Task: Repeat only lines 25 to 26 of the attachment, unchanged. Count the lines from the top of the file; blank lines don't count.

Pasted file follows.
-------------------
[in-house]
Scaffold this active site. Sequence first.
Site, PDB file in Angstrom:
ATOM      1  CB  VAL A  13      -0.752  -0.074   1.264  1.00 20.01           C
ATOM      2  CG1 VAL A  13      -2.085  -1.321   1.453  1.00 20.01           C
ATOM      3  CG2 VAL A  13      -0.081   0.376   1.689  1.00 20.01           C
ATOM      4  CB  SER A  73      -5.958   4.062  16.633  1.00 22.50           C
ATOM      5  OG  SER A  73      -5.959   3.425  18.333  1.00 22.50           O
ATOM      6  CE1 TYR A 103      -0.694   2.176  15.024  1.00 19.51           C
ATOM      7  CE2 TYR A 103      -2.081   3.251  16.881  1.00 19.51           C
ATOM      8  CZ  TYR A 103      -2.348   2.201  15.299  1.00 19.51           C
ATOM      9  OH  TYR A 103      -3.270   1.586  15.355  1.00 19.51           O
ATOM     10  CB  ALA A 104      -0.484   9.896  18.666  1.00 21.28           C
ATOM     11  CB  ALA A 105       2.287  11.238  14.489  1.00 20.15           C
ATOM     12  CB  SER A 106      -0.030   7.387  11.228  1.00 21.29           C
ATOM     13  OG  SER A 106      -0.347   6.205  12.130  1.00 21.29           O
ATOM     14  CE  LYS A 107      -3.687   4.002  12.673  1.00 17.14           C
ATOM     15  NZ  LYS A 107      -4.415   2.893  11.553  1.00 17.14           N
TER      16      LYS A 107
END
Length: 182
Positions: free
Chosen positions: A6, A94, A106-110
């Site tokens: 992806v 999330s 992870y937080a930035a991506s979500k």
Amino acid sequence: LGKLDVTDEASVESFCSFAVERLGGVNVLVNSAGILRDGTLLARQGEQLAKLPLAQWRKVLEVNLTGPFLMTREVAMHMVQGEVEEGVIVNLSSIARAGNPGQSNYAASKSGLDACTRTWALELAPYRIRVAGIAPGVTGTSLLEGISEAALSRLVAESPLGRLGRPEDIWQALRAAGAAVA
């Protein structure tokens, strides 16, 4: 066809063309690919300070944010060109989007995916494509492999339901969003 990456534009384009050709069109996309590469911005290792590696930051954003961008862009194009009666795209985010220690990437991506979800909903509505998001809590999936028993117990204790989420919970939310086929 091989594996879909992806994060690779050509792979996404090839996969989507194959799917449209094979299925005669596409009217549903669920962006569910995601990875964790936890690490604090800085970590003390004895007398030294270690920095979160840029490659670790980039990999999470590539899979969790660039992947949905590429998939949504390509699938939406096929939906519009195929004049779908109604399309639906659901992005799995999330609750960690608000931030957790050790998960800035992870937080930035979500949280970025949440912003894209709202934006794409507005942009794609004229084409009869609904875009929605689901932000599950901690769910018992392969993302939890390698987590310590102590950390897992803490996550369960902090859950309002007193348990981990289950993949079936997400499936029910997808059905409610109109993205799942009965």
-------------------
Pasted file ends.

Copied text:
Amino acid sequence: LGKLDVTDEASVESFCSFAVERLGGVNVLVNSAGILRDGTLLARQGEQLAKLPLAQWRKVLEVNLTGPFLMTREVAMHMVQGEVEEGVIVNLSSIARAGNPGQSNYAASKSGLDACTRTWALELAPYRIRVAGIAPGVTGTSLLEGISEAALSRLVAESPLGRLGRPEDIWQALRAAGAAVA
């Protein structure tokens, strides 16, 4: 066809063309690919300070944010060109989007995916494509492999339901969003 990456534009384009050709069109996309590469911005290792590696930051954003961008862009194009009666795209985010220690990437991506979800909903509505998001809590999936028993117990204790989420919970939310086929 091989594996879909992806994060690779050509792979996404090839996969989507194959799917449209094979299925005669596409009217549903669920962006569910995601990875964790936890690490604090800085970590003390004895007398030294270690920095979160840029490659670790980039990999999470590539899979969790660039992947949905590429998939949504390509699938939406096929939906519009195929004049779908109604399309639906659901992005799995999330609750960690608000931030957790050790998960800035992870937080930035979500949280970025949440912003894209709202934006794409507005942009794609004229084409009869609904875009929605689901932000599950901690769910018992392969993302939890390698987590310590102590950390897992803490996550369960902090859950309002007193348990981990289950993949079936997400499936029910997808059905409610109109993205799942009965």